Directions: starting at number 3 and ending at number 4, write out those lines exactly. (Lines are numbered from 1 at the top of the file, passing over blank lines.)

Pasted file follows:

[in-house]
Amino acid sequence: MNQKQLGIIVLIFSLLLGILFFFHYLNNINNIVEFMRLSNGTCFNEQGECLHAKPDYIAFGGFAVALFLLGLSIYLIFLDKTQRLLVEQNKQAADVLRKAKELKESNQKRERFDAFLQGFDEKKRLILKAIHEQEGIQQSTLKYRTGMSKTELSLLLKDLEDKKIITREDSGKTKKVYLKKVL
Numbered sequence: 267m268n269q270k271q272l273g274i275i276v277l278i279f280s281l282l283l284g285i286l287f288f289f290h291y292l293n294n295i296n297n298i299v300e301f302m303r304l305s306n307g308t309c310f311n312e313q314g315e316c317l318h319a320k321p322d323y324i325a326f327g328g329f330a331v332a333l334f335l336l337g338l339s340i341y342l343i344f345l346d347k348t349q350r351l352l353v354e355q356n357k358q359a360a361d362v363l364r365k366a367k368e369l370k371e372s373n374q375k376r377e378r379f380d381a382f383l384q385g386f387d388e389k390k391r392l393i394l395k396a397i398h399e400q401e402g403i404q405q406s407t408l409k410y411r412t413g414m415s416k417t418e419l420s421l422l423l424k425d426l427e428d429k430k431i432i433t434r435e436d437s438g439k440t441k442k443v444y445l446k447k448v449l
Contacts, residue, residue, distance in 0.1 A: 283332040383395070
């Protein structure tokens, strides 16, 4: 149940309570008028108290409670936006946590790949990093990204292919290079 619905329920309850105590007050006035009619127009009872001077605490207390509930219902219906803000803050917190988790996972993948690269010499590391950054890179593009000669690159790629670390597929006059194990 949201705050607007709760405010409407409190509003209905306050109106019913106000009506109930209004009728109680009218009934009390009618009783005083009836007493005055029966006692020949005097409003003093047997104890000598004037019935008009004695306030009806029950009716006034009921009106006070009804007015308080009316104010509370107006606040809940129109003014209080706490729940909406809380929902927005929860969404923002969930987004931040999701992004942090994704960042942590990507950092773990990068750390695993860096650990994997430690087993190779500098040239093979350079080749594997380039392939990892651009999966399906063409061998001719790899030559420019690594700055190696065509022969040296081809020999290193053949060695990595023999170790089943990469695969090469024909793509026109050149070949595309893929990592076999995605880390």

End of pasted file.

Numbered sequence: 267m268n269q270k271q272l273g274i275i276v277l278i279f280s281l282l283l284g285i286l287f288f289f290h291y292l293n294n295i296n297n298i299v300e301f302m303r304l305s306n307g308t309c310f311n312e313q314g315e316c317l318h319a320k321p322d323y324i325a326f327g328g329f330a331v332a333l334f335l336l337g338l339s340i341y342l343i344f345l346d347k348t349q350r351l352l353v354e355q356n357k358q359a360a361d362v363l364r365k366a367k368e369l370k371e372s373n374q375k376r377e378r379f380d381a382f383l384q385g386f387d388e389k390k391r392l393i394l395k396a397i398h399e400q401e402g403i404q405q406s407t408l409k410y411r412t413g414m415s416k417t418e419l420s421l422l423l424k425d426l427e428d429k430k431i432i433t434r435e436d437s438g439k440t441k442k443v444y445l446k447k448v449l
Contacts, residue, residue, distance in 0.1 A: 283332040383395070